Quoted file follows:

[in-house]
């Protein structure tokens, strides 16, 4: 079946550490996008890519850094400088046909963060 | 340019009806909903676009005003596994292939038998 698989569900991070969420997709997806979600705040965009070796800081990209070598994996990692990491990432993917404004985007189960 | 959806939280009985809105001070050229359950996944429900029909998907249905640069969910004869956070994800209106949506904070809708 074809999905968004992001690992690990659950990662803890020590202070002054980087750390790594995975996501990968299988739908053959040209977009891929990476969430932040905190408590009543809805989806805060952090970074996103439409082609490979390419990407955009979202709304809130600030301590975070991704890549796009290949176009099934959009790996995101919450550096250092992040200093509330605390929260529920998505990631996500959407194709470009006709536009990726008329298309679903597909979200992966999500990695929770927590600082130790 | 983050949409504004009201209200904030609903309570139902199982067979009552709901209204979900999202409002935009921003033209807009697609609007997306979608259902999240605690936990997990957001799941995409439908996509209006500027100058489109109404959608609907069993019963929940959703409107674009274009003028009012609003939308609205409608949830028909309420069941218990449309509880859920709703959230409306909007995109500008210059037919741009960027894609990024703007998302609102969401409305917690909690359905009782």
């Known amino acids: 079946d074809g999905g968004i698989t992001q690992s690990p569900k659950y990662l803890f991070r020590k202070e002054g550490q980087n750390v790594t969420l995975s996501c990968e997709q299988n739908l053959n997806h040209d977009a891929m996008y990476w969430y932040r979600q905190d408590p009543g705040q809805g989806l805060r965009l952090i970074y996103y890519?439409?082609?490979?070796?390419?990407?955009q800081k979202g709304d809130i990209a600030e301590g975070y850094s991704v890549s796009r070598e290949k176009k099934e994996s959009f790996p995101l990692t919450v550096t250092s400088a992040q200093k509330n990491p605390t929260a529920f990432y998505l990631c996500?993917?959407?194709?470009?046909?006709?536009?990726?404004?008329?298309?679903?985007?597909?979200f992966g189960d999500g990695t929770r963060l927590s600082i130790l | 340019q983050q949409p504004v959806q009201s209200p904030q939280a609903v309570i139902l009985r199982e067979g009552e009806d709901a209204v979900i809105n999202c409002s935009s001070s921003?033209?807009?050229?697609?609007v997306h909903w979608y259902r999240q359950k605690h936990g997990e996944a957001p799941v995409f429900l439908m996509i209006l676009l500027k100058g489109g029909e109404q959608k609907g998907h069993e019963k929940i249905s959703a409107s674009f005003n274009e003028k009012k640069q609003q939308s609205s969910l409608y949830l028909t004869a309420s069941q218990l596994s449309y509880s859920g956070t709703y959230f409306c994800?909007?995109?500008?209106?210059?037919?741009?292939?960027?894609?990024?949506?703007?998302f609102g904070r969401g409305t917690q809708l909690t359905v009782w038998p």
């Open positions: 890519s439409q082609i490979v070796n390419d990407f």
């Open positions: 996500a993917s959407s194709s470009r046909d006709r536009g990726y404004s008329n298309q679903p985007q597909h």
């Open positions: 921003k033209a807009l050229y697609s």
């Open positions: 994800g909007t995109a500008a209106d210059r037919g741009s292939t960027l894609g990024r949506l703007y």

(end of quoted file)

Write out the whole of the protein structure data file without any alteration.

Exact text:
[in-house]
């Protein structure tokens, strides 16, 4: 079946550490996008890519850094400088046909963060 | 340019009806909903676009005003596994292939038998 698989569900991070969420997709997806979600705040965009070796800081990209070598994996990692990491990432993917404004985007189960 | 959806939280009985809105001070050229359950996944429900029909998907249905640069969910004869956070994800209106949506904070809708 074809999905968004992001690992690990659950990662803890020590202070002054980087750390790594995975996501990968299988739908053959040209977009891929990476969430932040905190408590009543809805989806805060952090970074996103439409082609490979390419990407955009979202709304809130600030301590975070991704890549796009290949176009099934959009790996995101919450550096250092992040200093509330605390929260529920998505990631996500959407194709470009006709536009990726008329298309679903597909979200992966999500990695929770927590600082130790 | 983050949409504004009201209200904030609903309570139902199982067979009552709901209204979900999202409002935009921003033209807009697609609007997306979608259902999240605690936990997990957001799941995409439908996509209006500027100058489109109404959608609907069993019963929940959703409107674009274009003028009012609003939308609205409608949830028909309420069941218990449309509880859920709703959230409306909007995109500008210059037919741009960027894609990024703007998302609102969401409305917690909690359905009782």
């Known amino acids: 079946d074809g999905g968004i698989t992001q690992s690990p569900k659950y990662l803890f991070r020590k202070e002054g550490q980087n750390v790594t969420l995975s996501c990968e997709q299988n739908l053959n997806h040209d977009a891929m996008y990476w969430y932040r979600q905190d408590p009543g705040q809805g989806l805060r965009l952090i970074y996103y890519?439409?082609?490979?070796?390419?990407?955009q800081k979202g709304d809130i990209a600030e301590g975070y850094s991704v890549s796009r070598e290949k176009k099934e994996s959009f790996p995101l990692t919450v550096t250092s400088a992040q200093k509330n990491p605390t929260a529920f990432y998505l990631c996500?993917?959407?194709?470009?046909?006709?536009?990726?404004?008329?298309?679903?985007?597909?979200f992966g189960d999500g990695t929770r963060l927590s600082i130790l | 340019q983050q949409p504004v959806q009201s209200p904030q939280a609903v309570i139902l009985r199982e067979g009552e009806d709901a209204v979900i809105n999202c409002s935009s001070s921003?033209?807009?050229?697609?609007v997306h909903w979608y259902r999240q359950k605690h936990g997990e996944a957001p799941v995409f429900l439908m996509i209006l676009l500027k100058g489109g029909e109404q959608k609907g998907h069993e019963k929940i249905s959703a409107s674009f005003n274009e003028k009012k640069q609003q939308s609205s969910l409608y949830l028909t004869a309420s069941q218990l596994s449309y509880s859920g956070t709703y959230f409306c994800?909007?995109?500008?209106?210059?037919?741009?292939?960027?894609?990024?949506?703007?998302f609102g904070r969401g409305t917690q809708l909690t359905v009782w038998p």
């Open positions: 890519s439409q082609i490979v070796n390419d990407f």
């Open positions: 996500a993917s959407s194709s470009r046909d006709r536009g990726y404004s008329n298309q679903p985007q597909h």
């Open positions: 921003k033209a807009l050229y697609s």
């Open positions: 994800g909007t995109a500008a209106d210059r037919g741009s292939t960027l894609g990024r949506l703007y």